So. Many. Hats.

Menswear style hats  for the Mad Hatter's Tea Party - our staff holiday party

Menswear style hats for the Mad Hatter’s Tea Party – our staff holiday party

At work I’m the chair of our Social Committee, and one of our jobs this year was to plan a holiday party. Of course, it’s all very politically correct where I work, so we don’t call it a Christmas Party, and we’re actually going a wee bit out of our way to actually avoid anything that rings of Christmas… but I don’t mind one bit, because the theme that the committee picked was

A Mad Hatter’s Tea Party!

Part of this, included going out and buying hats – partially as give-aways, partially as decoration, and partially as costume elements for anyone who shows up without a costume or something in-theme to wear and want to fit in. We’re going to have a photo booth as well, and hats will make great props.

Mini top hats and bowlers for the Mad Hatter's Tea Party - our staff holiday party

Mini top hats and bowlers for the Mad Hatter’s Tea Party – our staff holiday party

This meant – I went shopping!

So many hats! First I went to Value Village, and then to the Halloween shop on November 1st – both places had their Halloween items on for 50% off, so I was able to get 38 hats for about $200.

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I picked up: 13 hats that likely will appeal to men, 22 hats that will likely appeal more to women, and 3 hats that I think anyone would like.  These included:

  • 2 mini-tricorns
  • 2 full-sized tricorns
  • 12 fascinator bonnets
  • 3 horsehair fascinators
  • 3 fabric crowns
  • 1 felt cowboy hat
  • 1 vampire-style mini-top hat
  • 1 grey rabbit-eared hood
  • 2 mini-bowlers
  • 1 mini-top hat
  • 4 classic men’s hats (two top hats, a  bowler and a fedora)
  • 2 mini-top hats with Jack Skellington on them
  • 1 Mad Hatter top hat
  • 3 soft hats (an engineer’s cap, a newsboy hat, and an aviator cap)

If you were to come to our party – which hat would you pick?

Read more about our party on the other blog I write for.. Happy Sushi Belly!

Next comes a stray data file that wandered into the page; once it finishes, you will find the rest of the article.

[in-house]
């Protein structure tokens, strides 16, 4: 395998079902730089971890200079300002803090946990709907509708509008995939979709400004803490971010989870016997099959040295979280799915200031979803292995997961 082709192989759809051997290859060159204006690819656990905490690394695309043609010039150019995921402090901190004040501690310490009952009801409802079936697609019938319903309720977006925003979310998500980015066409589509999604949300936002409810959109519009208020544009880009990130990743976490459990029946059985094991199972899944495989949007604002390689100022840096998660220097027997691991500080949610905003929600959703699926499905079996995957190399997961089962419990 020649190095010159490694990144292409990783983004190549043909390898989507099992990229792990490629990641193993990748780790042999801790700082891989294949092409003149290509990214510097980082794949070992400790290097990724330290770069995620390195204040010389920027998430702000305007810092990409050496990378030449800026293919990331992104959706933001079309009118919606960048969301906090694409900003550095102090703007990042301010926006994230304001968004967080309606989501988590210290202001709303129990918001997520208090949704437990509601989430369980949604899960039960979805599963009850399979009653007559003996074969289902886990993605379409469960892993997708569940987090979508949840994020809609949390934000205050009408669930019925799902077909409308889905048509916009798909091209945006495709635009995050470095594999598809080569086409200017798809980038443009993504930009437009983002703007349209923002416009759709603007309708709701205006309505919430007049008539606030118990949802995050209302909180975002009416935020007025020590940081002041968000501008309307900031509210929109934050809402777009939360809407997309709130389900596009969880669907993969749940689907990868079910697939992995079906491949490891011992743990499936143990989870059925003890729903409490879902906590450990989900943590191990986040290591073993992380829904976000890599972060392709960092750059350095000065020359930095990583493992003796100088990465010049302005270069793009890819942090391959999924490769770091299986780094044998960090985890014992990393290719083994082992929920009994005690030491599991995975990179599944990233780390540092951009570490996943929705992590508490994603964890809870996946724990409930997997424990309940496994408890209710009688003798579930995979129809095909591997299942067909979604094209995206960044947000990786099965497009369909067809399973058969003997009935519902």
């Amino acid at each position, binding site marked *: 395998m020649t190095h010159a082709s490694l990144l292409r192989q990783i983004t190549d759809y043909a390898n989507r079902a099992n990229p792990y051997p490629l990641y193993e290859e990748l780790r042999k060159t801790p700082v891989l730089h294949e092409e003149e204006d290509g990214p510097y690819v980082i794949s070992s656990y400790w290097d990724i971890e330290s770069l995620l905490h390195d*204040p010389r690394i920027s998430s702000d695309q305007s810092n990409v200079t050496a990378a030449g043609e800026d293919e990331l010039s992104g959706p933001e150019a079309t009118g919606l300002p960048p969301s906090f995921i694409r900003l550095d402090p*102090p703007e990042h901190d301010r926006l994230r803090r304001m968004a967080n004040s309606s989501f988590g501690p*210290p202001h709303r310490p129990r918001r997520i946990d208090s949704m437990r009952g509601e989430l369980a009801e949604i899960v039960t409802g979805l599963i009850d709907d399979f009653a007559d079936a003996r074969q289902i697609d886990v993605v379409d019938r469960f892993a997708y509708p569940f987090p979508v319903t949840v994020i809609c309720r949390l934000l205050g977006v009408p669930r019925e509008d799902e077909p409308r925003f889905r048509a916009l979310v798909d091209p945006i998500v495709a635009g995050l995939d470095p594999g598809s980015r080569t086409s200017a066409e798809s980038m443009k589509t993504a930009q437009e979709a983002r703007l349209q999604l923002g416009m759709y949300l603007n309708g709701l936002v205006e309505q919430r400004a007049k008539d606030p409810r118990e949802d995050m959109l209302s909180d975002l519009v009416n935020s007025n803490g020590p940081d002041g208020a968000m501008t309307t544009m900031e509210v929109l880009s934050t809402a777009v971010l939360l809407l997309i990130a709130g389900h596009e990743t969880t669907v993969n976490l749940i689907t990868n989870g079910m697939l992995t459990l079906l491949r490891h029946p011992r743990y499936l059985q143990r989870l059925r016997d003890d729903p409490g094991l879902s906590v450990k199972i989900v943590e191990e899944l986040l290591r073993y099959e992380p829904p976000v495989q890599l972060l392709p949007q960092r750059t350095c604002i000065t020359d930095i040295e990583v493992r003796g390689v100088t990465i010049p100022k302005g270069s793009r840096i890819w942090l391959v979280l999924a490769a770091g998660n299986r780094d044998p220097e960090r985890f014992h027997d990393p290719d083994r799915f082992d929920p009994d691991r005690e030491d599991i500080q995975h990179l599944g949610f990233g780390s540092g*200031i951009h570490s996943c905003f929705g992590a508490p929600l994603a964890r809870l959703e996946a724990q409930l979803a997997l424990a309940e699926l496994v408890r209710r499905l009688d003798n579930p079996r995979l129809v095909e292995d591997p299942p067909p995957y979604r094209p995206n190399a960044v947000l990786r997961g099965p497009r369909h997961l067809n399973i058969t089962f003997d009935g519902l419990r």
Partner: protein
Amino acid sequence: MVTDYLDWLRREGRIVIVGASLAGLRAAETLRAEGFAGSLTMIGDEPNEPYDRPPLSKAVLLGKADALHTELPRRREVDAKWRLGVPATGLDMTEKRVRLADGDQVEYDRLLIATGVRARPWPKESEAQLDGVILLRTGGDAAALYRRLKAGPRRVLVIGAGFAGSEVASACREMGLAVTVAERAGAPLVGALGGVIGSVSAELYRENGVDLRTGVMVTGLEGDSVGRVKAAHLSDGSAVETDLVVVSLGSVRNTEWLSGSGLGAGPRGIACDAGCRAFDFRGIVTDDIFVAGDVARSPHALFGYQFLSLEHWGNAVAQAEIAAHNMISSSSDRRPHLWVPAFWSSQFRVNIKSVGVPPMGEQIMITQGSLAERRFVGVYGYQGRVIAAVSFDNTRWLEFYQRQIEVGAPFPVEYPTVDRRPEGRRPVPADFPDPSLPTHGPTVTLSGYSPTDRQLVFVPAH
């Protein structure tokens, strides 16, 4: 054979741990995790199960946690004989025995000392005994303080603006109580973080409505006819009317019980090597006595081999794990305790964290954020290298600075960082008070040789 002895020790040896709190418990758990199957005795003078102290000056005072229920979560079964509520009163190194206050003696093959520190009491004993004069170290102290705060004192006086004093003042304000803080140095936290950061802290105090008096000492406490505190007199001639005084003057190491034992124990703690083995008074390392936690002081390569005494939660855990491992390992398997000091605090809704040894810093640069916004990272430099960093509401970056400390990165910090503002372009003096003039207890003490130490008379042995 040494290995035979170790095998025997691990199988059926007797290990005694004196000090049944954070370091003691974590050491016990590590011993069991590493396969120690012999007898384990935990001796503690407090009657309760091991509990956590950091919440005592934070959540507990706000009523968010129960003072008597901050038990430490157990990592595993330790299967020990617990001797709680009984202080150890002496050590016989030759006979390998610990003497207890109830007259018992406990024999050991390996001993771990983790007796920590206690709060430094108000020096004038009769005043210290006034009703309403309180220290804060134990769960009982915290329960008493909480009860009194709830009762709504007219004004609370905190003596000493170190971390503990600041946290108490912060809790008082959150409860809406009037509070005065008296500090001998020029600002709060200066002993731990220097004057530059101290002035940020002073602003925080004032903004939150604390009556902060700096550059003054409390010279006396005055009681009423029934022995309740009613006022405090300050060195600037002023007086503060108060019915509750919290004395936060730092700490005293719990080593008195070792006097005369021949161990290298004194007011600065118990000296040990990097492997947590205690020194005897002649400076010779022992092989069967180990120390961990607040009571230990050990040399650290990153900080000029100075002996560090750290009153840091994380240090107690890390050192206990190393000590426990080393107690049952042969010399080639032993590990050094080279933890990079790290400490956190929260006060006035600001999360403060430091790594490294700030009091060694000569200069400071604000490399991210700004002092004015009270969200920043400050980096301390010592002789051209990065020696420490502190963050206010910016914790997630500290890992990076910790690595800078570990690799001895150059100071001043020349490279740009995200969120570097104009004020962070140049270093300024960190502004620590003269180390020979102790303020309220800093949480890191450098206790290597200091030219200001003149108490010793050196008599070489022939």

Crafting a Viking-inspired belt

Home-made leather belt - more to come on this in a later post!

Home-made leather belt for my Viking costume

So, with a sewing table kind of full of things, it’s a lot easier to focus on some of the small elements instead for this costume, so my next project was the belt. I have a ‘tablet weaving’ belt from another SCA costume that I could wear, but while I was at Tandy Leather I picked up some leather (1″ wide latigo)  for a belt as well, and thought it would be nice to make this up too.

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Crafting Viking brooches

Letting the 'brooches' dry

Letting the ‘brooches’ dry

One of the first accessories for my Viking costume that I wanted to focus on was the turtle/tortoise/oval brooches which hold the apron.  The half-necklace/festoon hangs from these brooches as well, as does any other accessories like keys, needle cases, or grooming tools. I really didn’t think that I’d be able to make my own, so had been trying to figure out if I wanted to order them or not, when a friend said she had picked up hers as belt buckles from Tandy Leather.

From my previous post, here are the options I was considering:

  • Their Victorian Oval Trophy Buckle was  my first choice – it has a vaguely celtic look that I think will work well.
  • The Rope Edge Buckle Blank might also have worked – though it is only the starting point – but I decided against it when I went into the store and saw it in person.
  • The Night Sky Trophy Buckle was too blingy, and also too big for what I had in mind.
  • Finally the Oval Buckle Blank is another plain version that needs some embellishment, and the focus for this post!

How-to

  1. I started off with the buckle blank, along with a piece which I think is intended to be a frame for a decorative rivet. It’s called the Double Petal Bezel Concho. I’m glad that I picked it up – originally I was thinking of picking up some filigree, but when I went to shop for that – I couldn’t find anything that I liked – so the bezel concho filled in well enough!
  2. Next I grabbed two different shades of alcohol inks – a brown and a gold –  and used a Q-tip to ‘paint’ the ink all over the face of the buckle blank and the concho too. I think that this keeps the metallic look of the buckle, but tones it down a little bit.
  3. Finally I glued the concho onto the buckle blank. That black and blue tool is painter’s tape, taped down, with the sticky-side-out on the top of a pencil – I used this to pick up the concho and set it down onto the blank without getting glue on my fingers.

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Hanging

Although I’ll be making a festoon to go with these brooches too, I also thought it would be cute to make a few other little things to hang from my brooches. I picked out some chain, some lobster clasps (which are totally inappropriate, but they’ll be hidden), and two vintage/antique keys – which aren’t right for the period either, but are simple and ‘close enough’ for the time being.

I also took a small scrap of leather and a metal ring and made a “needle case” – which is actually a little holder for my lip balm.